Fully nonlinear, hydrodynamic calculations were performed with ADCIRC-2DDI [Westerink, et al.], a two-dimensional depth integrated circulation code. The simulation employed a constant bottom friction coefficient of 0.003, a generalized wave continuity equation weighting parameter of 0.009, which controls the contribution from primitive continuity, and an eddy viscosity of 0.0. A no-flow boundary condition was enforced at all land boundaries and open ocean boundaries were forced with the , , , , , , , and tidal constituents. 90 days of real time were simulated with the unstructured grid (Figure 2), beginning at 12:00 AM (GMT) on January 1, 1998. A time step of 10 s was used to meet Courant condition requirements and ensure dynamic steady-state results. In addition, a hyperbolic ramping function was imposed during the first five days.
Figure 3 shows the historical tide gage data at Charleston for the period of January 1, 1998 through March 31, 1998. Figure 4 presents the modeled results for the same time period. Figure 5 displays the historical and modeled tide elevations for a 15-day period at the end of March 1998. When comparing the modeled results to the historical data, it is important to realize that the historical data results from all actual astronomical and meteorological tidal forcings present at that time while the modeled results include only the astronomical tide forcings. Figures 3-5 indicate that the modeled results estimate the tidal elevations reasonably well at Charleston, SC.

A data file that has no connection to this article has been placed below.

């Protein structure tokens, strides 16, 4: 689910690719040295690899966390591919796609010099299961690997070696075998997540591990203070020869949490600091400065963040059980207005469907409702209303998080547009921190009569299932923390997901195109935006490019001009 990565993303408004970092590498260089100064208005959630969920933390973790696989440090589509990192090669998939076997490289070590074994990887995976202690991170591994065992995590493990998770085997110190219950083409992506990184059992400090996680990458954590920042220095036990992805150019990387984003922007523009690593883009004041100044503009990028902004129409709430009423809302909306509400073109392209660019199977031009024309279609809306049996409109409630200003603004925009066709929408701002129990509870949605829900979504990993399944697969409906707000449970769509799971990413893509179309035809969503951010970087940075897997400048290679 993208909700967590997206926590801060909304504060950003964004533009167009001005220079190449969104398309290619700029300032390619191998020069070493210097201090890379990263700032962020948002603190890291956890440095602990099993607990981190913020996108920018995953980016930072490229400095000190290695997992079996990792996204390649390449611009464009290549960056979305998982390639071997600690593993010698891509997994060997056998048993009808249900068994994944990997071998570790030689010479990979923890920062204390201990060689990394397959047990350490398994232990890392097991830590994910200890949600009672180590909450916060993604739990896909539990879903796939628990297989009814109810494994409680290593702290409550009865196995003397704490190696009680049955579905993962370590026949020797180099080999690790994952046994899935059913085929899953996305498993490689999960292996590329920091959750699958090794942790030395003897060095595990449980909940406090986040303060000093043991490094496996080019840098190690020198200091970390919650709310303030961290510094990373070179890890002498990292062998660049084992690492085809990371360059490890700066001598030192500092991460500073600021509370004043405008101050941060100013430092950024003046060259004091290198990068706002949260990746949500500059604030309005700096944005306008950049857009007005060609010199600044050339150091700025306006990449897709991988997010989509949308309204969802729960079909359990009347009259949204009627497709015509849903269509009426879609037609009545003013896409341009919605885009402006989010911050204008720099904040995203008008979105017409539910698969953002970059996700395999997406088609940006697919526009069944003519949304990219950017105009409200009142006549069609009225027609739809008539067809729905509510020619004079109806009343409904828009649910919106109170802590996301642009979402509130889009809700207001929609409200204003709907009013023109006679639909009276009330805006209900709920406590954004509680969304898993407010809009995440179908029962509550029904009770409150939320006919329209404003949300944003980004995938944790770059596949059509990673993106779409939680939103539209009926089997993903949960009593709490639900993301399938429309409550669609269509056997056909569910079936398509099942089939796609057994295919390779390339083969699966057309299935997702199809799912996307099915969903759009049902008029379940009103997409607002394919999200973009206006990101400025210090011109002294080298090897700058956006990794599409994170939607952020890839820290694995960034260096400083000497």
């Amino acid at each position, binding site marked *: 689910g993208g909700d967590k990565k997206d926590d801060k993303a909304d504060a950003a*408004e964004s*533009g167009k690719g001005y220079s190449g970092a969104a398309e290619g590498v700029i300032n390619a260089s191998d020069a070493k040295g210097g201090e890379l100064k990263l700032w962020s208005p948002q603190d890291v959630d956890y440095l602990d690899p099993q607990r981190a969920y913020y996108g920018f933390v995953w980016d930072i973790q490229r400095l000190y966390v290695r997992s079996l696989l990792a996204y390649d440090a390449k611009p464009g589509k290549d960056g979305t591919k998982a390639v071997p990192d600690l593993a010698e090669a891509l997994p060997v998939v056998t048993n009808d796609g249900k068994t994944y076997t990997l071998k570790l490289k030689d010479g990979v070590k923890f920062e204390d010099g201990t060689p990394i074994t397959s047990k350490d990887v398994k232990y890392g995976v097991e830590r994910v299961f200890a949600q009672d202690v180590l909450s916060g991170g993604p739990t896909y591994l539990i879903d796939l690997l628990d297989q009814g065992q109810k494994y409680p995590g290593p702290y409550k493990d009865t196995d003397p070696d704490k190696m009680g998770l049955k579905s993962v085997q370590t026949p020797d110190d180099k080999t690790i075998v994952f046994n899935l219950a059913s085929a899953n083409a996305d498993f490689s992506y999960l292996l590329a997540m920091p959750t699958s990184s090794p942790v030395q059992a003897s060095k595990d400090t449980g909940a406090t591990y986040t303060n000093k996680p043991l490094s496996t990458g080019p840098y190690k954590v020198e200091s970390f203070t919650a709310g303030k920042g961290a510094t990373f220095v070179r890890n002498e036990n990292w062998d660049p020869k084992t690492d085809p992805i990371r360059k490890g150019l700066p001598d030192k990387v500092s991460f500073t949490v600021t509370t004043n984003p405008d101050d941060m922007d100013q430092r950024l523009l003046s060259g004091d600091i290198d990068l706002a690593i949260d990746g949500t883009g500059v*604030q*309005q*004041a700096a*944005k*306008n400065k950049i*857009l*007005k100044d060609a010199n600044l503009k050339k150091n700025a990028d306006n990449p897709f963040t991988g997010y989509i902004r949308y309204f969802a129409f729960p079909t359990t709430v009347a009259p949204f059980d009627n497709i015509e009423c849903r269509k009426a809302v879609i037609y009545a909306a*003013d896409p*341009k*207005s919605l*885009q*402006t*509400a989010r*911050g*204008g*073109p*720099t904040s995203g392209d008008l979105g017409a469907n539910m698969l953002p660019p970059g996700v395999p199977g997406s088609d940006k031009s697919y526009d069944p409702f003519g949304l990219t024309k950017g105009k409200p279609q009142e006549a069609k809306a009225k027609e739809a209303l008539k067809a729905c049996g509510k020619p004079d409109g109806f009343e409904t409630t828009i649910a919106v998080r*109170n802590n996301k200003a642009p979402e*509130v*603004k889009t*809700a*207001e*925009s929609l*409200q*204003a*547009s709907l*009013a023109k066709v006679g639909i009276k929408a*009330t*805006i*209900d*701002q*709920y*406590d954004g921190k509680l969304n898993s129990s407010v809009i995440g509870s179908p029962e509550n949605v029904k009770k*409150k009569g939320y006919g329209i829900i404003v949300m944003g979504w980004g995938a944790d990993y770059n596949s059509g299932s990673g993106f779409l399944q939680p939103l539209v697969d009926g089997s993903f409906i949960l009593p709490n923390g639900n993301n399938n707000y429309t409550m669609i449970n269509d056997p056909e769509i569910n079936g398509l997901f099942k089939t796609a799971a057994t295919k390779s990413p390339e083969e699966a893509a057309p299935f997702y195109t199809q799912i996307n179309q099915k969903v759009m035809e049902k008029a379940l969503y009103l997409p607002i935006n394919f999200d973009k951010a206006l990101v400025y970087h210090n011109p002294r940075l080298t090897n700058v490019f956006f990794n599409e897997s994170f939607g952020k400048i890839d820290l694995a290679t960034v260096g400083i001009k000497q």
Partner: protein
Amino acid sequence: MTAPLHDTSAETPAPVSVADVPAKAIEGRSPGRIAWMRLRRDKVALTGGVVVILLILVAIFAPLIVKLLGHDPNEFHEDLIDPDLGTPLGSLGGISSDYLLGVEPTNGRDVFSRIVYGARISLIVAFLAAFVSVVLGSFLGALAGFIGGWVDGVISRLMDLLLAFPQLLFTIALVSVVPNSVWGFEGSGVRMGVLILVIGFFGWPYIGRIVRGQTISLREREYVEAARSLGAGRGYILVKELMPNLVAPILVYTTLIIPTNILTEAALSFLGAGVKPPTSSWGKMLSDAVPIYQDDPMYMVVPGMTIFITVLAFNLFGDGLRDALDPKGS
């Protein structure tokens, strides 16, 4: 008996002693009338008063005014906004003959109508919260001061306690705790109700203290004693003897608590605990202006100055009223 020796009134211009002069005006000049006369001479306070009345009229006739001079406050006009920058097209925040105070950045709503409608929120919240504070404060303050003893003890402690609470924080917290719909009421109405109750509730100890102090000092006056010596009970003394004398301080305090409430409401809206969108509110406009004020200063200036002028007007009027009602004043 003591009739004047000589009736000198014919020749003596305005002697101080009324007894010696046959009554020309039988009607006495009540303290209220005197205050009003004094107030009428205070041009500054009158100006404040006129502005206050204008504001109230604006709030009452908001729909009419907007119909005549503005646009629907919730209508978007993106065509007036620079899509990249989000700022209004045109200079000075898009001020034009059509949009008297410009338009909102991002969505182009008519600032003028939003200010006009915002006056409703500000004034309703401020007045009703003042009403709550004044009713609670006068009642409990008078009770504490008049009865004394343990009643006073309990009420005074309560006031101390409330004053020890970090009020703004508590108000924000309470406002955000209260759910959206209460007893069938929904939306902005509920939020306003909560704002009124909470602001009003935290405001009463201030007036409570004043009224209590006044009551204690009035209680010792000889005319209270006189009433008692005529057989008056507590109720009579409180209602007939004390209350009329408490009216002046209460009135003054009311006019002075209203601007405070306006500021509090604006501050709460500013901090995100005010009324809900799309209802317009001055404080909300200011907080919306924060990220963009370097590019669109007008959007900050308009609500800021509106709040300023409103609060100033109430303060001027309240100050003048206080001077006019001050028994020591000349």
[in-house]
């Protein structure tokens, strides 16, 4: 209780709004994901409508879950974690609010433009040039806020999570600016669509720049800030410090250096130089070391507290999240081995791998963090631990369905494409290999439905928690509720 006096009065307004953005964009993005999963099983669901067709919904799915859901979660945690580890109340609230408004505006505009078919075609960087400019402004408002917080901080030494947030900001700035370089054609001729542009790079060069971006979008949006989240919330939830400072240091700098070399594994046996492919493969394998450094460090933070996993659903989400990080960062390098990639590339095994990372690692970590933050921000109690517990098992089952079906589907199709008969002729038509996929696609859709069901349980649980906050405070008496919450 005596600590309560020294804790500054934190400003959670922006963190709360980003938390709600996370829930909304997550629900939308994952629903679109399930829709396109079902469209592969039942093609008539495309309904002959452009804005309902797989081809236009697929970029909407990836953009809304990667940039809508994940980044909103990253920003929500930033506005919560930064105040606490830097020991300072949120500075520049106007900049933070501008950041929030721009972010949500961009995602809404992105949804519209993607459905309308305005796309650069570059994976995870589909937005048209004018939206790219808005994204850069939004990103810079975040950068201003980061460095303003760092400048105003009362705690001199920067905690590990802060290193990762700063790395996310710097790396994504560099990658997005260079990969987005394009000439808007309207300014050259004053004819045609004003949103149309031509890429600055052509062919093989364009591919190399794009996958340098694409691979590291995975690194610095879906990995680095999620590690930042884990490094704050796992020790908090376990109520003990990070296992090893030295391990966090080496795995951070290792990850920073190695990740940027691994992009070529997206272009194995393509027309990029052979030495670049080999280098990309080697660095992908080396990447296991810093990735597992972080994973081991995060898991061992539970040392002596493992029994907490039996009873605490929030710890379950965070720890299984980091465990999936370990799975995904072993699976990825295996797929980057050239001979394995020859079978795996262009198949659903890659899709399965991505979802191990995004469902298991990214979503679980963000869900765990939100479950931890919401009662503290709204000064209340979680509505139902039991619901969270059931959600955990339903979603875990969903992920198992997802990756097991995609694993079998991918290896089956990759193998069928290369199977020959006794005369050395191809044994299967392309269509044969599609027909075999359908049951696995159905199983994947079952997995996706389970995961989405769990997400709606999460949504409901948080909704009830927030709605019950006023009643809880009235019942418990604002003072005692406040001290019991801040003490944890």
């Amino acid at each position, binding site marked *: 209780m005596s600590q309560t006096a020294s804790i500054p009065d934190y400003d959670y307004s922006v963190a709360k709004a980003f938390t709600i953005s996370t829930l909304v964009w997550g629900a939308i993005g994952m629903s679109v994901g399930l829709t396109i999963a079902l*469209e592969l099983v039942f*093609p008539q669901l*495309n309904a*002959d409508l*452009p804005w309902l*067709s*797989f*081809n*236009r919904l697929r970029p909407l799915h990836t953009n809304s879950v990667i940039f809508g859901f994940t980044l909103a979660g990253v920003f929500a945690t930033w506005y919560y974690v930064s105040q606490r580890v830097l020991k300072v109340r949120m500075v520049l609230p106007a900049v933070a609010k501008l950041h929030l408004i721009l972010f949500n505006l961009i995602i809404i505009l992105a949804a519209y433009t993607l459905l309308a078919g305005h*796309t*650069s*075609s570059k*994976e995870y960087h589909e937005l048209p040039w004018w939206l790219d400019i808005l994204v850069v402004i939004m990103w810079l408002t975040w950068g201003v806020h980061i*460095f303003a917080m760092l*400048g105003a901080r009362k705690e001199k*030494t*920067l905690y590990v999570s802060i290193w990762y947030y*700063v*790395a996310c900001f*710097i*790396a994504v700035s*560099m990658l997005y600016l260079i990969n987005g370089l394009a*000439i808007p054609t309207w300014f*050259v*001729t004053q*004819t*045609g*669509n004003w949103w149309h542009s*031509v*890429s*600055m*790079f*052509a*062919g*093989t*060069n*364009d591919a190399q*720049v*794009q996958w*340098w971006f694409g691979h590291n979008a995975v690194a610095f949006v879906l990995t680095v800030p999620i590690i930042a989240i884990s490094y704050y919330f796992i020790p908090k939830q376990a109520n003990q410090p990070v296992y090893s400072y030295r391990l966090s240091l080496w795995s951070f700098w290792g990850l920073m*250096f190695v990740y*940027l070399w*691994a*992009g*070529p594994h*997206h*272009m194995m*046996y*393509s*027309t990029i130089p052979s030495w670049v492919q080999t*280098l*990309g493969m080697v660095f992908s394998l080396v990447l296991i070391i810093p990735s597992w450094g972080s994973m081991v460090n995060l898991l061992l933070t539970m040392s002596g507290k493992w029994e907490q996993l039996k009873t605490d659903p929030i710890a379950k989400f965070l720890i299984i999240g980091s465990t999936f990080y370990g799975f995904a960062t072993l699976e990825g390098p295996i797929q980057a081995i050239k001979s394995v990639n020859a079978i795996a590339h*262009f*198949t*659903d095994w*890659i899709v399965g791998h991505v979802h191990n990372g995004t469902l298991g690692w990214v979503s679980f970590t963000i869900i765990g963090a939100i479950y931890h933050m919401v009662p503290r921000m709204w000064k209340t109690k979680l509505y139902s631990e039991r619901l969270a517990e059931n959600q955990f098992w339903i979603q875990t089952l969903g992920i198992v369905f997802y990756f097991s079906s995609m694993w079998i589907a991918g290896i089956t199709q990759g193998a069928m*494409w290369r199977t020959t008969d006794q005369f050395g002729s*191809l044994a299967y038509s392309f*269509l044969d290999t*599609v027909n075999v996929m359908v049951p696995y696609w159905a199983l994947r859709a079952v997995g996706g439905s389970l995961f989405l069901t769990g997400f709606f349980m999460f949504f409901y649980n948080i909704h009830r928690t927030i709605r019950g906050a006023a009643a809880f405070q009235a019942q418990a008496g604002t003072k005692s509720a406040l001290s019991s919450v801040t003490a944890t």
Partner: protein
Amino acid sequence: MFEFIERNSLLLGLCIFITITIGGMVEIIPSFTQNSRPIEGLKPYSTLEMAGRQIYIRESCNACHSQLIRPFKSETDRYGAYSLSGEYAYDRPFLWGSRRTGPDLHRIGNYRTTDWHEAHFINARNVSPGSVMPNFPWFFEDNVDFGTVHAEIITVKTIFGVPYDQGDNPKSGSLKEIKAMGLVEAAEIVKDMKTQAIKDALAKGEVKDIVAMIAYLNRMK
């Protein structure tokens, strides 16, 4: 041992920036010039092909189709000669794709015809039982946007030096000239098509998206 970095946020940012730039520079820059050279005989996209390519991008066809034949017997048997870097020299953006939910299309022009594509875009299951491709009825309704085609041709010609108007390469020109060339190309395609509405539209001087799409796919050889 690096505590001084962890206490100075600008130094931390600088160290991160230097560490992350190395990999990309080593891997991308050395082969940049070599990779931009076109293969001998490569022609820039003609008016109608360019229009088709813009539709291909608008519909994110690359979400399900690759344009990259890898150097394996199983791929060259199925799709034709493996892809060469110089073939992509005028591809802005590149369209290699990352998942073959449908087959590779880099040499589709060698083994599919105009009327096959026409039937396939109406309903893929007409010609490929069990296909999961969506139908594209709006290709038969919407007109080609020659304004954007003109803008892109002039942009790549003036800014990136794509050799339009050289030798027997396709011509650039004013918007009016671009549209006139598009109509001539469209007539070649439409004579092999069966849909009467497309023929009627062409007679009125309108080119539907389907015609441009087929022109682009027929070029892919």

3) Simulations were conducted to generate six separate real-time stage hydrographs, which will be used by the NWS Southeast River Forecast Center for future forecasts.
Fully nonlinear, hydrodynamic calculations were performed with ADCIRC-2DDI to generate six separate hydrographs. Table 1 and Figure 6 display the locations. The simulation employed a constant bottom friction coefficient of 0.003, a generalized wave continuity equation weighting parameter of 0.009 and an eddy viscosity of 0.0. A no-flow boundary condition was enforced at all land boundaries and open ocean boundaries were forced with the , , , , , , , and tidal constituents. 397 days of real time were simulated with the unstructured grid (Figure 2), beginning at 12:00 AM (GMT) on December 1, 1999. A time step of 10 s was used. In addition, a hyperbolic ramping function was imposed during the first five days.